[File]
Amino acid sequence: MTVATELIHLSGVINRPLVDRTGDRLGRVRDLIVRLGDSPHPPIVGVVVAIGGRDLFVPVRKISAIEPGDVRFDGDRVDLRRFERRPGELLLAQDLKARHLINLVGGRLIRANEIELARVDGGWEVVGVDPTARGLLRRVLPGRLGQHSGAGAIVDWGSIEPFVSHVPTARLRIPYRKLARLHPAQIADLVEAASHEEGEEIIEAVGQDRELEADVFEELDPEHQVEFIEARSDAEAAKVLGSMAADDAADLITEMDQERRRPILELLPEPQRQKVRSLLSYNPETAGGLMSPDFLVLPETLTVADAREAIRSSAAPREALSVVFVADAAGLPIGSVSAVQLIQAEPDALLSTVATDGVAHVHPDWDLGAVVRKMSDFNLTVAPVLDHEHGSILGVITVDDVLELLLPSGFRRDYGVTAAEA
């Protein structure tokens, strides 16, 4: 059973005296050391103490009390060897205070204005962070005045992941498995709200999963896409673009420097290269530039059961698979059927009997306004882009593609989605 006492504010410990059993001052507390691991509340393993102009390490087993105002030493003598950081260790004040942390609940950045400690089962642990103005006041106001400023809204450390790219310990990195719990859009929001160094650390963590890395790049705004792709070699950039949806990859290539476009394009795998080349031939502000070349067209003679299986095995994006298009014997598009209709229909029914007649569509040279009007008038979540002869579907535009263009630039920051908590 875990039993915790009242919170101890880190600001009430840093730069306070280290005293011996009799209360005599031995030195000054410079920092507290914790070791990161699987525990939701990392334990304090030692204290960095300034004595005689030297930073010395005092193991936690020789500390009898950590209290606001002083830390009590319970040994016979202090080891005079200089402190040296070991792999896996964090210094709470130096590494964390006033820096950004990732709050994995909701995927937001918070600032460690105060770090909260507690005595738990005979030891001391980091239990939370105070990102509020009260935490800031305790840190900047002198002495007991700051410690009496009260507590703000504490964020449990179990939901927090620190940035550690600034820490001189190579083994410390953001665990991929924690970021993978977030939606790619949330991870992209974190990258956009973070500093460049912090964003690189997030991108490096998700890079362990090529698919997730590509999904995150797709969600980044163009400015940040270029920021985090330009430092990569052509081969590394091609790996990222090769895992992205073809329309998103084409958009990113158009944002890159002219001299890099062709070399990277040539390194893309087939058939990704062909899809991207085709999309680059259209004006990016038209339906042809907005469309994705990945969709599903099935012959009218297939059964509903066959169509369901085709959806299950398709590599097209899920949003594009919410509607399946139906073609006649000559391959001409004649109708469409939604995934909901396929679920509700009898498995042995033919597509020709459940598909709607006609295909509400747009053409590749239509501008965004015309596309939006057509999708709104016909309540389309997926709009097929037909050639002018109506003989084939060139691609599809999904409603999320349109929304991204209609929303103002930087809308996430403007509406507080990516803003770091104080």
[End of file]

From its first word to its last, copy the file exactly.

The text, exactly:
Amino acid sequence: MTVATELIHLSGVINRPLVDRTGDRLGRVRDLIVRLGDSPHPPIVGVVVAIGGRDLFVPVRKISAIEPGDVRFDGDRVDLRRFERRPGELLLAQDLKARHLINLVGGRLIRANEIELARVDGGWEVVGVDPTARGLLRRVLPGRLGQHSGAGAIVDWGSIEPFVSHVPTARLRIPYRKLARLHPAQIADLVEAASHEEGEEIIEAVGQDRELEADVFEELDPEHQVEFIEARSDAEAAKVLGSMAADDAADLITEMDQERRRPILELLPEPQRQKVRSLLSYNPETAGGLMSPDFLVLPETLTVADAREAIRSSAAPREALSVVFVADAAGLPIGSVSAVQLIQAEPDALLSTVATDGVAHVHPDWDLGAVVRKMSDFNLTVAPVLDHEHGSILGVITVDDVLELLLPSGFRRDYGVTAAEA
């Protein structure tokens, strides 16, 4: 059973005296050391103490009390060897205070204005962070005045992941498995709200999963896409673009420097290269530039059961698979059927009997306004882009593609989605 006492504010410990059993001052507390691991509340393993102009390490087993105002030493003598950081260790004040942390609940950045400690089962642990103005006041106001400023809204450390790219310990990195719990859009929001160094650390963590890395790049705004792709070699950039949806990859290539476009394009795998080349031939502000070349067209003679299986095995994006298009014997598009209709229909029914007649569509040279009007008038979540002869579907535009263009630039920051908590 875990039993915790009242919170101890880190600001009430840093730069306070280290005293011996009799209360005599031995030195000054410079920092507290914790070791990161699987525990939701990392334990304090030692204290960095300034004595005689030297930073010395005092193991936690020789500390009898950590209290606001002083830390009590319970040994016979202090080891005079200089402190040296070991792999896996964090210094709470130096590494964390006033820096950004990732709050994995909701995927937001918070600032460690105060770090909260507690005595738990005979030891001391980091239990939370105070990102509020009260935490800031305790840190900047002198002495007991700051410690009496009260507590703000504490964020449990179990939901927090620190940035550690600034820490001189190579083994410390953001665990991929924690970021993978977030939606790619949330991870992209974190990258956009973070500093460049912090964003690189997030991108490096998700890079362990090529698919997730590509999904995150797709969600980044163009400015940040270029920021985090330009430092990569052509081969590394091609790996990222090769895992992205073809329309998103084409958009990113158009944002890159002219001299890099062709070399990277040539390194893309087939058939990704062909899809991207085709999309680059259209004006990016038209339906042809907005469309994705990945969709599903099935012959009218297939059964509903066959169509369901085709959806299950398709590599097209899920949003594009919410509607399946139906073609006649000559391959001409004649109708469409939604995934909901396929679920509700009898498995042995033919597509020709459940598909709607006609295909509400747009053409590749239509501008965004015309596309939006057509999708709104016909309540389309997926709009097929037909050639002018109506003989084939060139691609599809999904409603999320349109929304991204209609929303103002930087809308996430403007509406507080990516803003770091104080």